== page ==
8. There were actually some improvements in the financial position andperformance of Air New Zealand in the year 2004. However, Air New Zealand’sCargo business was impacted by the strong New Zealand currency which leadsto a revenue 10% lower. Operating cash flow of $466.9 million was 10.7percent lower, as a result of a $62.9 million increase in income taxpayments over the previous period. The investing and financing activitiescontinued to face cash outflow which indicate the company has not fullyrecovered from the outbreak of SARS and war in Iraq. Air New Zealand’sgearing has improved but is still very unsatisfactory.

I advise the potential shareholder to purchase shares in othercompanies or another form of investment. The shareholder could perhapsconsider a term deposit especially if him/her has a large amount of fundsavailable for investment as a term deposit is much less risky. On September2, 2004, The National bank advertised a term deposit arrangement with a 7%per annum for 2 years return if you invest $10,000 or more which is quite ahigh return and this option could be considered bythepotentialshareholder.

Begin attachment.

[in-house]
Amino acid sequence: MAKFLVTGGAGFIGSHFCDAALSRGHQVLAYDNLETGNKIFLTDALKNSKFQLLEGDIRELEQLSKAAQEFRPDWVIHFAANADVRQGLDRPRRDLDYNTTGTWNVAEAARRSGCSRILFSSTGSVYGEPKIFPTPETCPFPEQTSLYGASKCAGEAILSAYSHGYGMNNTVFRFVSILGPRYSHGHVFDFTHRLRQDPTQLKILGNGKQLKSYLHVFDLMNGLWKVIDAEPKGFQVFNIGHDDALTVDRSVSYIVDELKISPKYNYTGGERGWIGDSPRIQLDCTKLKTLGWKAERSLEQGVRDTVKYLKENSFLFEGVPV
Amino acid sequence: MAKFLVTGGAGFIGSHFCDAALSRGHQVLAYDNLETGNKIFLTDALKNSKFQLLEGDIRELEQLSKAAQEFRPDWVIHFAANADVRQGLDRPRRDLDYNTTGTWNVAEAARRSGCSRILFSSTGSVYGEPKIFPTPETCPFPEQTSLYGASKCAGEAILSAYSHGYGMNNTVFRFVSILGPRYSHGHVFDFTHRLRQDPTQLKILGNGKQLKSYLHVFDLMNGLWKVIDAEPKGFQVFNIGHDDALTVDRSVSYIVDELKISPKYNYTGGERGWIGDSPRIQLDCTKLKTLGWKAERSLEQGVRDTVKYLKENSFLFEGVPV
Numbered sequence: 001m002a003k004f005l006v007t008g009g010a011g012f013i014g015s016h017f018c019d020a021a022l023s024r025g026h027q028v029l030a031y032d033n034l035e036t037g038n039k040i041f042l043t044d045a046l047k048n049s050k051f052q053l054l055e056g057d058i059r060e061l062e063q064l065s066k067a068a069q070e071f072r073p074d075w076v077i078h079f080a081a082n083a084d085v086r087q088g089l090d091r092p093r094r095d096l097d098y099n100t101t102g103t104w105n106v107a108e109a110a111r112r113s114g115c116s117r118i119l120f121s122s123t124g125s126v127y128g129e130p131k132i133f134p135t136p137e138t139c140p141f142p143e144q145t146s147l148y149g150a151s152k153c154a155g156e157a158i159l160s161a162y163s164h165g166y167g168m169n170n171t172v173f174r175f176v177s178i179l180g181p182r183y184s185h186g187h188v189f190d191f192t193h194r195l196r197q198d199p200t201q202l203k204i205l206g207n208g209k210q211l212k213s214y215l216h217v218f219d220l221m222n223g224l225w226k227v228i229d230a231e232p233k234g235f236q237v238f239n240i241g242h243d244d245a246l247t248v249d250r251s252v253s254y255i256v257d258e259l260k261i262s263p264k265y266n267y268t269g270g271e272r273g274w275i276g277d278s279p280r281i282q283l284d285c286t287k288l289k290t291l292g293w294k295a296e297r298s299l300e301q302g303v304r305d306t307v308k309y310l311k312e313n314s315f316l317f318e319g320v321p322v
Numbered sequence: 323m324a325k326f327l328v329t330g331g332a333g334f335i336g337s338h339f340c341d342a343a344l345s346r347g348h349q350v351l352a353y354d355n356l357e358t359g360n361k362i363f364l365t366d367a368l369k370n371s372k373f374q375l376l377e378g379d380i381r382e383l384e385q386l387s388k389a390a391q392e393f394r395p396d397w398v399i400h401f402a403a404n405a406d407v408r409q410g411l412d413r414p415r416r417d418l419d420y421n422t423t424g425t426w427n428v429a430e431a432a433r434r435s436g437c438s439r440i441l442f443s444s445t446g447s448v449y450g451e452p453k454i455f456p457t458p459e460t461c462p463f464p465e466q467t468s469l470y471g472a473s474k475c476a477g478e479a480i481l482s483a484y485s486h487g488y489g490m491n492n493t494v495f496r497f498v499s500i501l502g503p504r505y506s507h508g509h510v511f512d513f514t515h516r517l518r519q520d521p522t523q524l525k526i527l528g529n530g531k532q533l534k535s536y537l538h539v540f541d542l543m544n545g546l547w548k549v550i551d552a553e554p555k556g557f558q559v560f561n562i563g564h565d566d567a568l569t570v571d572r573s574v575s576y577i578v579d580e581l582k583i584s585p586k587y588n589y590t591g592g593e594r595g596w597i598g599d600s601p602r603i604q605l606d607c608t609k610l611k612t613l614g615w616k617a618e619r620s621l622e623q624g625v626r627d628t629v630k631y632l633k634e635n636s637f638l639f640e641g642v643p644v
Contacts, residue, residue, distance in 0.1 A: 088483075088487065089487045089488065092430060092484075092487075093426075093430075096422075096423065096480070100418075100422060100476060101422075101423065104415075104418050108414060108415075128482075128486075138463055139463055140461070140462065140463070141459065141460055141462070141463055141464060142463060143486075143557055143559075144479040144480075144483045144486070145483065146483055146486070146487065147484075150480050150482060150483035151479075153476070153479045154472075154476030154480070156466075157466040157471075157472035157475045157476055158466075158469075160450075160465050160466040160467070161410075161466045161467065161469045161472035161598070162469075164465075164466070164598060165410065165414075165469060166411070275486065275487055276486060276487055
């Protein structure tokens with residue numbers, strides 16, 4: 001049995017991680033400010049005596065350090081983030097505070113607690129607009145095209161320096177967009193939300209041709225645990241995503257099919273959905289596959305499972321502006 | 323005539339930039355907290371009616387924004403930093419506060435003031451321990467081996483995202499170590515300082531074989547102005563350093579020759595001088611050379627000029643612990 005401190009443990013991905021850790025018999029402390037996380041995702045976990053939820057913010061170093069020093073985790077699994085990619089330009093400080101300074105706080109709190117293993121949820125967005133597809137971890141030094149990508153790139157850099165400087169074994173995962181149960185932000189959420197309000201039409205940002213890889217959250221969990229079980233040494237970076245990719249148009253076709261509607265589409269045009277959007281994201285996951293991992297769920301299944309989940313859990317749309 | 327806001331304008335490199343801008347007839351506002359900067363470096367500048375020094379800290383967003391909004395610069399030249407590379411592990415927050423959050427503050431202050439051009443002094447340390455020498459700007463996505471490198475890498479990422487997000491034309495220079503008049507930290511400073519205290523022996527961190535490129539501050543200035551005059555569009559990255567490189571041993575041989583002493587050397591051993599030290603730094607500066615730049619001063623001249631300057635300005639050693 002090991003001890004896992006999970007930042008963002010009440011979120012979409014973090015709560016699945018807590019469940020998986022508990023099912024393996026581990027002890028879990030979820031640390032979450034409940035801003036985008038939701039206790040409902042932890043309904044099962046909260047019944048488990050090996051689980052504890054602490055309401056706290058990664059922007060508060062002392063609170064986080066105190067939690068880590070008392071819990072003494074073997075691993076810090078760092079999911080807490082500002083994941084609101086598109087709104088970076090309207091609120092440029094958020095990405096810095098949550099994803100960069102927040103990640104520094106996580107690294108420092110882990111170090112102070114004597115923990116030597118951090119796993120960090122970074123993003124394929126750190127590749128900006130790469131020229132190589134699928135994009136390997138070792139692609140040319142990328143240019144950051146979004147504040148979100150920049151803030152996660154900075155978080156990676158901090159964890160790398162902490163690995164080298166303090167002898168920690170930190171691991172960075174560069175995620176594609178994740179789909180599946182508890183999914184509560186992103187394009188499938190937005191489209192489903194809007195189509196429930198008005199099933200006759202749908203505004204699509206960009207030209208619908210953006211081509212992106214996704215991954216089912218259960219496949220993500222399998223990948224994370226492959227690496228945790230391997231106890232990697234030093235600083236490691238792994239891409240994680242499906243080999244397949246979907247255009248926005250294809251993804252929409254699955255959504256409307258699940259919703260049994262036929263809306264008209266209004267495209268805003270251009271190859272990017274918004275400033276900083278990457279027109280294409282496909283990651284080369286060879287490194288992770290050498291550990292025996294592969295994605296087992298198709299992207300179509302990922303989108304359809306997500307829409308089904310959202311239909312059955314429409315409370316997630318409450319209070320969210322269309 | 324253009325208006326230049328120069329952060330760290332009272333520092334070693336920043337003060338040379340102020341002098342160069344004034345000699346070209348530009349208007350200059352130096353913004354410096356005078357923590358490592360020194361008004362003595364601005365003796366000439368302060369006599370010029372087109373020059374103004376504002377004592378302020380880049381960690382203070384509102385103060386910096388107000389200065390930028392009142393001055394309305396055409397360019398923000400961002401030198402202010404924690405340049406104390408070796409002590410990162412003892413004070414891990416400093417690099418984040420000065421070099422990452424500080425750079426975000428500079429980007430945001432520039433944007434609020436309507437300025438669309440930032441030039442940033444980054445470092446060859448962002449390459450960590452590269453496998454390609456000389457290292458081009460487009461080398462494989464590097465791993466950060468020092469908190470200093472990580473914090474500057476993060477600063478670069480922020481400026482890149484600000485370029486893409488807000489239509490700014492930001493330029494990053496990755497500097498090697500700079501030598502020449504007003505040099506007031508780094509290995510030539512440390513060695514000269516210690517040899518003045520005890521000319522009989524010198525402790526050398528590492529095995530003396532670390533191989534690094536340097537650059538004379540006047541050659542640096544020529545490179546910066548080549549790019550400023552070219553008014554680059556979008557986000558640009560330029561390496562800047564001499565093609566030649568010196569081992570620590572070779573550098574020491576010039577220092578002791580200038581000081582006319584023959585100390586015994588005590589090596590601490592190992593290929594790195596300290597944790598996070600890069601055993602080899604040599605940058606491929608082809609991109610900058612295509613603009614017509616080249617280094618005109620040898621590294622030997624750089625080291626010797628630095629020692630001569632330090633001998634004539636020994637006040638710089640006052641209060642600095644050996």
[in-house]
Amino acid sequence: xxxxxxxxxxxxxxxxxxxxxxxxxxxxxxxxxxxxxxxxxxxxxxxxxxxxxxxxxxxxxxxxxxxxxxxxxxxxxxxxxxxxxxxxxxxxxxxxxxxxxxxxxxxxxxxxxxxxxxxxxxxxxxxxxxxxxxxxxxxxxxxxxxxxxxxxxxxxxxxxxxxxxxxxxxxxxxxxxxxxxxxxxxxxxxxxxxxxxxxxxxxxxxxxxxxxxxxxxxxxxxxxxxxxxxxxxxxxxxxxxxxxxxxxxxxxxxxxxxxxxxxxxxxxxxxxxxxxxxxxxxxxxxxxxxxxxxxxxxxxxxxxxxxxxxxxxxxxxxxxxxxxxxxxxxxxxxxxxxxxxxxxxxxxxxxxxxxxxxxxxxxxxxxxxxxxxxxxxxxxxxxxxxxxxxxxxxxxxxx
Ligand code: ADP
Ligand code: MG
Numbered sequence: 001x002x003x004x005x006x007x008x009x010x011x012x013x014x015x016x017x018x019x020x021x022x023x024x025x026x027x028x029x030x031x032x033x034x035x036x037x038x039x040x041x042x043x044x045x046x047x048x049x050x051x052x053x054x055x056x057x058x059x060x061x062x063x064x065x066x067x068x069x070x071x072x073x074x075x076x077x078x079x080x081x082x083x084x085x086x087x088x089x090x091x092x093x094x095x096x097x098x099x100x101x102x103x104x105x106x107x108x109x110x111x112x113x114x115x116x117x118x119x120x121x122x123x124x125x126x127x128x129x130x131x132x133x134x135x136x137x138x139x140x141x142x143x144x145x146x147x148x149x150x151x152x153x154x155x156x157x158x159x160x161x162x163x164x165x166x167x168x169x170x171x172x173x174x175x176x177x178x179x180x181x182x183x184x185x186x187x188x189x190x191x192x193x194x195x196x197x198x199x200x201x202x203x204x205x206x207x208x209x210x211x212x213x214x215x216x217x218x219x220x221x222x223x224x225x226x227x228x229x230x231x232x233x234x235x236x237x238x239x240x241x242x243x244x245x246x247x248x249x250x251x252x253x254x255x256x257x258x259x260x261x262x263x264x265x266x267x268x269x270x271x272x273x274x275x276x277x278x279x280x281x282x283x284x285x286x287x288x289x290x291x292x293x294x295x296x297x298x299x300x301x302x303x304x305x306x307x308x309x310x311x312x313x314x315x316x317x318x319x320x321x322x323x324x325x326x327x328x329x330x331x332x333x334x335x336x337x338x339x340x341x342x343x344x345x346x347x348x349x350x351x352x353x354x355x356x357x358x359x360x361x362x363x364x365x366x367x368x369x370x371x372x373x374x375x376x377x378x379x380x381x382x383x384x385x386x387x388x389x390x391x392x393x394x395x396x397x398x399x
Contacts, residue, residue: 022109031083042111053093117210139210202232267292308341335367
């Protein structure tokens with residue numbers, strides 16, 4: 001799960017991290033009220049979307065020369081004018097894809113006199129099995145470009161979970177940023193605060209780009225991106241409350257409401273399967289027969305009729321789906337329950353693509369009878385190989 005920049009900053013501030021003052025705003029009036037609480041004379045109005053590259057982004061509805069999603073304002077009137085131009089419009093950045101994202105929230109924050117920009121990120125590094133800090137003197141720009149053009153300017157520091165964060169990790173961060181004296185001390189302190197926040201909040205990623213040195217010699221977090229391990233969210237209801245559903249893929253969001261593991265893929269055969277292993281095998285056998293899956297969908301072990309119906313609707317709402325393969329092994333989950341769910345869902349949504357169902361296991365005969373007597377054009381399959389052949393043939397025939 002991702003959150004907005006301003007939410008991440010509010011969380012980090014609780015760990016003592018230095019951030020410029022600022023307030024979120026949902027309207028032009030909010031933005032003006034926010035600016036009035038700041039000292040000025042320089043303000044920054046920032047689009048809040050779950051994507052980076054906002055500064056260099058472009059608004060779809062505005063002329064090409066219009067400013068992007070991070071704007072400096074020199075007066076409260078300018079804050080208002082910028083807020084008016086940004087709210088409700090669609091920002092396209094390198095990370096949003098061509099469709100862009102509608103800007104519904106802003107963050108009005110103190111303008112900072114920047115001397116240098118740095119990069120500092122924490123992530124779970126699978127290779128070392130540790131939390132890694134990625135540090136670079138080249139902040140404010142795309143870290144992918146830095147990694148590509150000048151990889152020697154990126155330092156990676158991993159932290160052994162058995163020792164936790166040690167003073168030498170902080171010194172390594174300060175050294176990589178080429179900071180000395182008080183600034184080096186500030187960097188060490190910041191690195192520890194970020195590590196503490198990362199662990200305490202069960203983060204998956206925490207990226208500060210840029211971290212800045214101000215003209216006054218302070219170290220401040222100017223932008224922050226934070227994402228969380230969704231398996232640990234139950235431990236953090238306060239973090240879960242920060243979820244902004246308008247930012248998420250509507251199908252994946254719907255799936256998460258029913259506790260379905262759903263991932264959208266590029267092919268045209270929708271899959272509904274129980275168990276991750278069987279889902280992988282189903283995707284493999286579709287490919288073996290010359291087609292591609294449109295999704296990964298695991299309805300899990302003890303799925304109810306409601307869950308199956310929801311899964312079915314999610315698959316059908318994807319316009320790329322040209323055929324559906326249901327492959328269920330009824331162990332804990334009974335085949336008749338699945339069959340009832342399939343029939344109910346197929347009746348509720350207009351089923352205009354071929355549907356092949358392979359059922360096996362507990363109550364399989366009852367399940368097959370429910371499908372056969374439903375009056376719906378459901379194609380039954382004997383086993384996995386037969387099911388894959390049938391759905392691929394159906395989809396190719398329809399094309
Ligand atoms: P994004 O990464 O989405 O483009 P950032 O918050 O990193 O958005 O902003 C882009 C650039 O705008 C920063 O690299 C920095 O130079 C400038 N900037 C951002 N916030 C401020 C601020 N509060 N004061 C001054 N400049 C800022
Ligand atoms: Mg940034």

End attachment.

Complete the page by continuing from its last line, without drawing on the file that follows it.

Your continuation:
1. Only two years of information was available which makes the conclusionsless reliable.
  2. No industry averages were available for comparison.
  3. Only the most important and useful analysis measures were considered.
  4. The earnings per share ratio is misleading due the fact that theshareholders did not actually receive any return.
  5. Dividends per share and dividend yield were not analyzed as no dividendswere declared. Thus the market analysis is not fully completed.
  6. The 2003 annual report was used for the analyses and interpretations whichmeans the information is out of date.

Basically your ass is all rite ! do the conclusion on cash management byyourse lf I believe you can get the full mark !

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Air New Zealand Ltd.. (2019, Mar 22). Retrieved from